The German Church, or the Church of Saint Gertrude, was founded in 1571. it started as a Guild Lounge for german merchantmen in Stockholm who where a large part of the population in the 16th century. Hans Jakob Kristler enlarged the chapel in 1638-1642 to the present two-nave church. During the 17th century, while the choir of the school participated at the royal concerts, the church became an important centre for church music in Sweden. A crypt, construction on which was started in 1716 but was interrupted 1860-1992, is still in use by the parish. By 1800, the German congregation had dwindled to a mere 113 people, and in 1878 a fire destroyed the tower.
The interior is Baroque in style, the large windows of which make it overflowed by light, highlighting the white vaults and their many angels heads. The wine cellars of the original guild building are still found under the current marble floor. In the atrium is a window featuring St. Gertrude herself holding a chalice in one hand and a model of the church in the other. The ten metres tall altar was created by Markus Hebel, a Baroque master from Neumünster, Schleswig-Holstein.
The "king's gallery" crowned by the monogram of King Charles XI was designed by Nicodemus Tessin the Elder. The green and golden structure, at the time resting on pillars seemingly suspended over the floor, was reached by a magnificently carved flight of stairs used by generations of royal families, often of German descent, attending the sermons. The ceiling displays a painting by David Klöcker Ehrenstrahl, born in Hamburg and a member of the German parish. The lower part of the gallery was later glazed and today contains the sacristy. The painted windows are all from the turn of the century 1900. The southern windows, arguably, retell the benefits of living a devoted life. By the entrance is a commemorative plate reminding of the restaurateur Peter Hinrich Fuhrman (-1773), one of the church's most important donors.
Today the German parish sorts under the Church of Sweden but as a so called non-territorial parish, the approximately 2,000 members of which are found all around Stockholm. Sermons in German are still held every Sunday at 11 am, and the church is open daily during summers and at weekends during winter.References:
The Church of the Savior on Spilled Blood is one of the main sights of St. Petersburg. The church was built on the site where Tsar Alexander II was assassinated and was dedicated in his memory. Construction began in 1883 under Alexander III, as a memorial to his father, Alexander II. Work progressed slowly and was finally completed during the reign of Nicholas II in 1907. Funding was provided by the Imperial family with the support of many private donors.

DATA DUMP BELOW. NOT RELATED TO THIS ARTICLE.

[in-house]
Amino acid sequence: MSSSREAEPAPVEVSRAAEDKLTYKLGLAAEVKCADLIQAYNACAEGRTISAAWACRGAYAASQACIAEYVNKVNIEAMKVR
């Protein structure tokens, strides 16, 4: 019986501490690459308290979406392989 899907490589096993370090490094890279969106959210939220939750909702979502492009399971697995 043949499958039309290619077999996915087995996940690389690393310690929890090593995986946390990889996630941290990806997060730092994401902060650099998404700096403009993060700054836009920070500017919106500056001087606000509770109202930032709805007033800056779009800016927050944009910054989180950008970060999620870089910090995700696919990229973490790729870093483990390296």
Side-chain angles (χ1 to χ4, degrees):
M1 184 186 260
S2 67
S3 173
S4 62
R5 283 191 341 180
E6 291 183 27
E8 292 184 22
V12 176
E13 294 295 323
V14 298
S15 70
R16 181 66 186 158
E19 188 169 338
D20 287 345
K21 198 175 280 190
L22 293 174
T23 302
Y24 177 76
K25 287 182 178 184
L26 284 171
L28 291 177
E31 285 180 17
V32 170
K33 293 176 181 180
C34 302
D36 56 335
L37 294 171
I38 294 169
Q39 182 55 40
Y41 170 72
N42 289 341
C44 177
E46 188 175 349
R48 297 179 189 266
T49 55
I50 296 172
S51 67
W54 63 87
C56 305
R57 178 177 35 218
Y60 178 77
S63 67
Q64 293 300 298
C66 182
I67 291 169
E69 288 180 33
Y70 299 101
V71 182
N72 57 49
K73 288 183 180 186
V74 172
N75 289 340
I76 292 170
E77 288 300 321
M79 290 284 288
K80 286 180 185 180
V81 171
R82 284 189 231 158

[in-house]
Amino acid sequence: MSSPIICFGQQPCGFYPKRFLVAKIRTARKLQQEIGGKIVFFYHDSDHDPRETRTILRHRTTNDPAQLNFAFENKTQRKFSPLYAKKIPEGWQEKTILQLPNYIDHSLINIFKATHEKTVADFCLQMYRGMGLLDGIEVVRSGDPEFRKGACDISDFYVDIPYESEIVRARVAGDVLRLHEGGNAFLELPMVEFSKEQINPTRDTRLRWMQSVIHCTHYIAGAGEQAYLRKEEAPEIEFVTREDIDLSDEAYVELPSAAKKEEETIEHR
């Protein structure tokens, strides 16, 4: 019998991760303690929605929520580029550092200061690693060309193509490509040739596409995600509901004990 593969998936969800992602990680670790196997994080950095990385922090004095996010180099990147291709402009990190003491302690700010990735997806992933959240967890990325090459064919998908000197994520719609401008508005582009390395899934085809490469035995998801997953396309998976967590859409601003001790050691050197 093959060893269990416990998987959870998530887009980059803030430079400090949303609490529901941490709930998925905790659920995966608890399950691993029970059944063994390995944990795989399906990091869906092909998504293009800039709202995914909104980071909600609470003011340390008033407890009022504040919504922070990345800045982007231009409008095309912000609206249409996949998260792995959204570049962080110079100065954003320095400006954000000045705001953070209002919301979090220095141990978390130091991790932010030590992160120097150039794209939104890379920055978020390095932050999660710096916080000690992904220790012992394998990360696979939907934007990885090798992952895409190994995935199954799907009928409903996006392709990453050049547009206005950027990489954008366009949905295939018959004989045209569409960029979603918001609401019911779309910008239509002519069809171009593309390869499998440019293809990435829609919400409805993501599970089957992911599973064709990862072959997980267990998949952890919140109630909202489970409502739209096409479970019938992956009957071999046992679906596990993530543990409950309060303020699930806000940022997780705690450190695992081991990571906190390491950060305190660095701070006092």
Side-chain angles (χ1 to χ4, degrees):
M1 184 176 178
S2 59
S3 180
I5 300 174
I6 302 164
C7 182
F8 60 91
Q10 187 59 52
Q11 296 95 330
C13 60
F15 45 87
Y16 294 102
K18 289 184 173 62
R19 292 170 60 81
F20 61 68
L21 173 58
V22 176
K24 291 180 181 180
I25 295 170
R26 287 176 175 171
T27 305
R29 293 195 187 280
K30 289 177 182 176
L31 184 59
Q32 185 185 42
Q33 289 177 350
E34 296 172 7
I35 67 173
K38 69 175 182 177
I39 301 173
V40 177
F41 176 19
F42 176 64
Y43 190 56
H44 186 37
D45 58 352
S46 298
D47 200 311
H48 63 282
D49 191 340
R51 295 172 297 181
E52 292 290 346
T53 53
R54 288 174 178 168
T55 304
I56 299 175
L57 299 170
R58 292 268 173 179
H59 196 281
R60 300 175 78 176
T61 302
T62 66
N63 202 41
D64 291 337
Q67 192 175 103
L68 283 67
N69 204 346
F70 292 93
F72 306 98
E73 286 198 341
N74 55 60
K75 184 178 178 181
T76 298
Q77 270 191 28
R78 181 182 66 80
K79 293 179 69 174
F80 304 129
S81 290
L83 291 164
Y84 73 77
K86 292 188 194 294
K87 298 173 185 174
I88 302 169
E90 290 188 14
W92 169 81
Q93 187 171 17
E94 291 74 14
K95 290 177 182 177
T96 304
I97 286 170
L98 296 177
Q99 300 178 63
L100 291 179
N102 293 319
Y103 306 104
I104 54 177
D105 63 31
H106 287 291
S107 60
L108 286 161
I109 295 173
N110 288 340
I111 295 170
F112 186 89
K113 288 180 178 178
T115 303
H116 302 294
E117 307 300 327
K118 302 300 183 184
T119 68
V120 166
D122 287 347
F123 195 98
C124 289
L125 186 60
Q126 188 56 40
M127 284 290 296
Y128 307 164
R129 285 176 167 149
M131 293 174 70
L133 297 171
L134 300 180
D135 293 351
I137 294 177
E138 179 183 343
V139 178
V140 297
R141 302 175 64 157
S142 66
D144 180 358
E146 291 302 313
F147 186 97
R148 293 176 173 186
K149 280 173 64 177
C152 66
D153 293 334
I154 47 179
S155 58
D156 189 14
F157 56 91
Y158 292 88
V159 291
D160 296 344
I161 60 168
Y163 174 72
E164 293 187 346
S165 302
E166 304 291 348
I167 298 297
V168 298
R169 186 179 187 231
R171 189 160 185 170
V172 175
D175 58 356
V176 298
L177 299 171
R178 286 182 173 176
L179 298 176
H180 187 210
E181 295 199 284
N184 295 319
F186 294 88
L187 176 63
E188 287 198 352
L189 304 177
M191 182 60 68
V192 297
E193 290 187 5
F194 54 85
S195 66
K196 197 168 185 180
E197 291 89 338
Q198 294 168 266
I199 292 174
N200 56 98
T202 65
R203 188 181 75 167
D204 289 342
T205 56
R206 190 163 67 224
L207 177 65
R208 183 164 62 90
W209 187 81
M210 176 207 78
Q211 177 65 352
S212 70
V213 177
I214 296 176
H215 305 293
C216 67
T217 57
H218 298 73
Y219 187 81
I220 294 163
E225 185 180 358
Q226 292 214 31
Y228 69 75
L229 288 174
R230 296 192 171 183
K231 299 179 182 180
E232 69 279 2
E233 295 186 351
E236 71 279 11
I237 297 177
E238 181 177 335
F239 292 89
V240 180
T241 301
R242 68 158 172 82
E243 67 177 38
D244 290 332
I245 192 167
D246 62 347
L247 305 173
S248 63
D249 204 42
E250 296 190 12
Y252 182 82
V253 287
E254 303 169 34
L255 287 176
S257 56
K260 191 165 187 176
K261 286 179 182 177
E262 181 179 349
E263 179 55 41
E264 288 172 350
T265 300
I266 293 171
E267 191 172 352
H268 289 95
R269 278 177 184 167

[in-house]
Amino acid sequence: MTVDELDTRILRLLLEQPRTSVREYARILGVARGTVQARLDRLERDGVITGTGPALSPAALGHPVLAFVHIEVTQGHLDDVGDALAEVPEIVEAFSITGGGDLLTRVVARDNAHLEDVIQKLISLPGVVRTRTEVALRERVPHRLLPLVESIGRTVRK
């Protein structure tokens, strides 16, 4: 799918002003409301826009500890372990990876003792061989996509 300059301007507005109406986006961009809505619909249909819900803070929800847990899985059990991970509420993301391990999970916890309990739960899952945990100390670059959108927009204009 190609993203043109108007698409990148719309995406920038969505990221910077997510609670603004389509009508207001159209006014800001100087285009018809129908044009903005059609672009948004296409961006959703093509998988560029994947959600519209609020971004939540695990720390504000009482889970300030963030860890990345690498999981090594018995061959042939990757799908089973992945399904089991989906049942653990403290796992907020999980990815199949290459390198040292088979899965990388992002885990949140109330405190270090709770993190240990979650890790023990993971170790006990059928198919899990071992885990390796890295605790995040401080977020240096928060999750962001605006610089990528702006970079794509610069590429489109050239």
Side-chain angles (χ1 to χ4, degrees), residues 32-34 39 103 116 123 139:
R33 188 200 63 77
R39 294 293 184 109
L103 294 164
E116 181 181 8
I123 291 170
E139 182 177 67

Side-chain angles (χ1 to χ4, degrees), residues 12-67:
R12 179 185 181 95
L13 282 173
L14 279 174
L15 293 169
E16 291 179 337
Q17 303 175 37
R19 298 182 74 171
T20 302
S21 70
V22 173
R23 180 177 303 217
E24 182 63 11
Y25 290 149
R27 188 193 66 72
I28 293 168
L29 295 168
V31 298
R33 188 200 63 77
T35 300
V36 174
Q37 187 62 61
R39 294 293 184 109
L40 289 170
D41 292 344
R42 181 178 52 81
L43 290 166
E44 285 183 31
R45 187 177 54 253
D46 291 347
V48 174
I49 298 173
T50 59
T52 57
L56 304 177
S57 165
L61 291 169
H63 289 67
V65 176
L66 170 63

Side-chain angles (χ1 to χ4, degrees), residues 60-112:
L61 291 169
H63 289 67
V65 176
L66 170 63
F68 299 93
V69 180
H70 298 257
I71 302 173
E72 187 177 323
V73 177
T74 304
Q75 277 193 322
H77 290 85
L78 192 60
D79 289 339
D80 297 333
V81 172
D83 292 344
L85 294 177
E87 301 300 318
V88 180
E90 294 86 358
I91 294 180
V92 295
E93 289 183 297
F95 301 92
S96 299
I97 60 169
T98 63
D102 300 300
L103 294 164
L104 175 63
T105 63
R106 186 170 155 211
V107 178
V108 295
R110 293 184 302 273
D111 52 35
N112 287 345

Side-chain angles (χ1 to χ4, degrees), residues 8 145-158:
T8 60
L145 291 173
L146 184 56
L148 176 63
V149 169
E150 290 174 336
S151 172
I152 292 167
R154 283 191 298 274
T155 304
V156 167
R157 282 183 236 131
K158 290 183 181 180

Architecturally, the Cathedral differs from St. Petersburg's other structures. The city's architecture is predominantly Baroque and Neoclassical, but the Savior on Blood harks back to medieval Russian architecture in the spirit of romantic nationalism. It intentionally resembles the 17th-century Yaroslavl churches and the celebrated St. Basil's Cathedral in Moscow.
The Church contains over 7500 square metres of mosaics — according to its restorers, more than any other church in the world. The interior was designed by some of the most celebrated Russian artists of the day — including Viktor Vasnetsov, Mikhail Nesterov and Mikhail Vrubel — but the church's chief architect, Alfred Alexandrovich Parland, was relatively little-known (born in St. Petersburg in 1842 in a Baltic-German Lutheran family). Perhaps not surprisingly, the Church's construction ran well over budget, having been estimated at 3.6 million roubles but ending up costing over 4.6 million. The walls and ceilings inside the Church are completely covered in intricately detailed mosaics — the main pictures being biblical scenes or figures — but with very fine patterned borders setting off each picture.
In the aftermath of the Russian Revolution, the church was ransacked and looted, badly damaging its interior. The Soviet government closed the church in the early 1930s. During the Second World War when many people were starving due to the Siege of Leningrad by Nazi German military forces, the church was used as a temporary morgue for those who died in combat and from starvation and illness. The church suffered significant damage. After the war, it was used as a warehouse for vegetables, leading to the sardonic name of Saviour on Potatoes.
In July 1970, management of the Church passed to Saint Isaac's Cathedral (then used as a highly profitable museum) and proceeds from the Cathedral were funneled back into restoring the Church. It was reopened in August 1997, after 27 years of restoration, but has not been reconsecrated and does not function as a full-time place of worship; it is a Museum of Mosaics. Even before the Revolution it never functioned as a public place of worship; having been dedicated exclusively to the memory of the assassinated tsar, the only services were panikhidas (memorial services). The Church is now one of the main tourist attractions in St. Petersburg.